What are the Best Ways to Prevent Worker Violence?

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  • Written By: D. Jeffress
  • Edited By: Bronwyn Harris
  • Last Modified Date: 08 October 2019
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Worker violence can refer to any physical or verbal attack that occurs in the workplace. Violence can come from coworkers or managers, and can take the form of threats, psychological intimidation, sexual harassment, or physical assault. Regardless of the nature and degree of worker violence, an act usually creates an uncomfortable, volatile, and unproductive workplace. When a worker is subjected to offensive or violent actions, he or she should report the offender to the appropriate authorities immediately to prevent future problems.

There are many steps that a company can take to help prevent acts of worker violence. Specialized training programs and refresher courses can raise employee awareness about the prevalence of violence in the workplace, warning signs that a situation may become volatile, consequences, and steps that can be taken to reduce the likelihood or severity of an event. Many companies show videos on the subject and invite employees to participate in mock situations to better prepare them to deal with violence.

Many reported cases of worker violence come from victims of office bullies, coworkers who attempt to make themselves feel better by abusing others. Office bullies are usually jealous of the positions or successes of other employees, and take out their aggression by sabotaging others' work, threatening them, or even subjecting them to physical violence. It is common for an office bully to intimidate a coworker by destroying documents or equipment, stealing supplies, and making threats if the worker tries to report an incident.


Employees can help to prevent worker violence and stop office bullies by communicating with each other and with management on a regular basis. Experts on the subject usually encourage coworkers to look out for each other by being more aware of interactions and situations going on around them. Coworkers who witness an incident can provide reliable testimony and help the victim work up the courage to report a bully.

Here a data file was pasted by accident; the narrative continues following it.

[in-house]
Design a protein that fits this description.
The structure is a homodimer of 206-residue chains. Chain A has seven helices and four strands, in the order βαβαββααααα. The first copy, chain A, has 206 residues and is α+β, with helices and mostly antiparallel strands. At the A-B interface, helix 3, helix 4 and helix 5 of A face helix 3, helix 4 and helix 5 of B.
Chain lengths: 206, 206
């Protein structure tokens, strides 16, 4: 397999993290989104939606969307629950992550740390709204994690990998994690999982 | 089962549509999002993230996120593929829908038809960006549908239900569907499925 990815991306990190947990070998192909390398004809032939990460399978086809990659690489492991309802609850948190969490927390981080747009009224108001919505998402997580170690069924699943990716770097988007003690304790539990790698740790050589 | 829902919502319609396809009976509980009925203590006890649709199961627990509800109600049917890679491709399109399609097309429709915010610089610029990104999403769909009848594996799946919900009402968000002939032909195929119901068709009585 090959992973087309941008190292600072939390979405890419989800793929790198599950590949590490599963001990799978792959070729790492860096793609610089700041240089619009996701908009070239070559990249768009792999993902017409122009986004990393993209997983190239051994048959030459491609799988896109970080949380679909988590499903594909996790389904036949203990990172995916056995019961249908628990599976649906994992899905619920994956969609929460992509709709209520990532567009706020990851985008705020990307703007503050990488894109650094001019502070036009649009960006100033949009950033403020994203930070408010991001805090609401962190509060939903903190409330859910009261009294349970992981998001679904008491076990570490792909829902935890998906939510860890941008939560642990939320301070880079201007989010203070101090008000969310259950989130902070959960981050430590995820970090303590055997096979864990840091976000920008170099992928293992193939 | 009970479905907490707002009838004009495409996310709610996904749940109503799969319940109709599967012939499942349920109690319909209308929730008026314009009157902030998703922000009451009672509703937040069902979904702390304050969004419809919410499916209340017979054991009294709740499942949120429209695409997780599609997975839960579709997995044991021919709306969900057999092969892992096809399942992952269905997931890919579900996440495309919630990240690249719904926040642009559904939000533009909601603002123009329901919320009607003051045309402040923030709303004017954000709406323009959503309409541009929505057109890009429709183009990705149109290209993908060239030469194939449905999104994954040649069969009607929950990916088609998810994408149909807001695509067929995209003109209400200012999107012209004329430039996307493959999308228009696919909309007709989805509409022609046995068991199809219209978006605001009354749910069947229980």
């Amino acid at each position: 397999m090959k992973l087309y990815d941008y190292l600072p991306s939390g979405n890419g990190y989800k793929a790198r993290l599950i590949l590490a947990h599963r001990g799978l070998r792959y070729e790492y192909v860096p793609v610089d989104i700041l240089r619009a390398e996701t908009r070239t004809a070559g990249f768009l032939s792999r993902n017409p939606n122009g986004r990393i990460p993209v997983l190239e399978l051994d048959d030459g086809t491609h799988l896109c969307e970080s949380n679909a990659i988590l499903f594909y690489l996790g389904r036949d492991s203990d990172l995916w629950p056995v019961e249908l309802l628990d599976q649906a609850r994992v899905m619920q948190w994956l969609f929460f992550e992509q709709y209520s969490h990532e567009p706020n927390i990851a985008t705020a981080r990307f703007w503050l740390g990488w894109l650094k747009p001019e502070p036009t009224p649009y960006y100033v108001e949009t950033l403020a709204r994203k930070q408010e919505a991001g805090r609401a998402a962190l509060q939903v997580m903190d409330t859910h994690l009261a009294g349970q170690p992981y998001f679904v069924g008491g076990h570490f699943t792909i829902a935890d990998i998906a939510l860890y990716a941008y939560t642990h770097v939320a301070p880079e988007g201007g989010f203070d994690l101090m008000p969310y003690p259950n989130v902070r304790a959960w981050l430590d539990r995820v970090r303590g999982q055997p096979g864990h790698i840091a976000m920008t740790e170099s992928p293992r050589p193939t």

An individual who believes he or she has witnessed worker violence should try to document incidents and report them to managers as quickly as possible. If management's involvement is ineffective in correcting a situation, a worker can contact local police. Law enforcement officers may be required to immediately intervene if a violent act is taking place or file a police report about a past incident. Victims and witnesses of sexual harassment or other forms of worker violence choose to present their cases in court to ensure that offenders are dealt with properly and fair compensation is awarded.


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Post 2

When I started my first full-time job at 18, I didn't realize that a workplace could get violent. I thought I was done dealing with bullies or hotheads at school, but the same things happened at work, too. One guy I worked with started dating another employee's girlfriend behind his back, and a waitress told the guy about it. A fight broke out right in the middle of the kitchen. The manager broke it up, but there was a lot of damage to deal with. Neither guy was fired, but they could never be scheduled to work the same shift from that day on.

I saw other kinds of worker violence at other places I worked, too. One guy

was mad because he didn't get the promotion he thought he deserved, so he would come in early every morning and sabotage the guy who did get that job. It was always little things, like hiding an important tool or gluing down the phone handset. It finally came to blows when the bully started making harassing phone calls from an outside line. When he got back into the office, the guy punched him right in the jaw. We all had to take a class on anger management in the workplace after that.
Post 1

One thing I think can help prevent worker violence is an honest evaluation by management of the overall morale level in the workplace. I once worked at a unionized auto plant, and every so often a rumor would start about potential layoffs or downsizing or whatever it was called when employees lost their jobs. If anyone in management knew the truth about these rumors, he or she wasn't going to tell us. When people become concerned about their job security, morale goes way down and the atmosphere becomes tense. Minor disputes often become violent encounters between workers.

I say that there should be a clear line of communication between management and labor when it comes to rumors and possible downturns. Someone just needs to take the temperature of the room and address those issues honestly, so employees don't start taking out their frustrations and concerns on each other.

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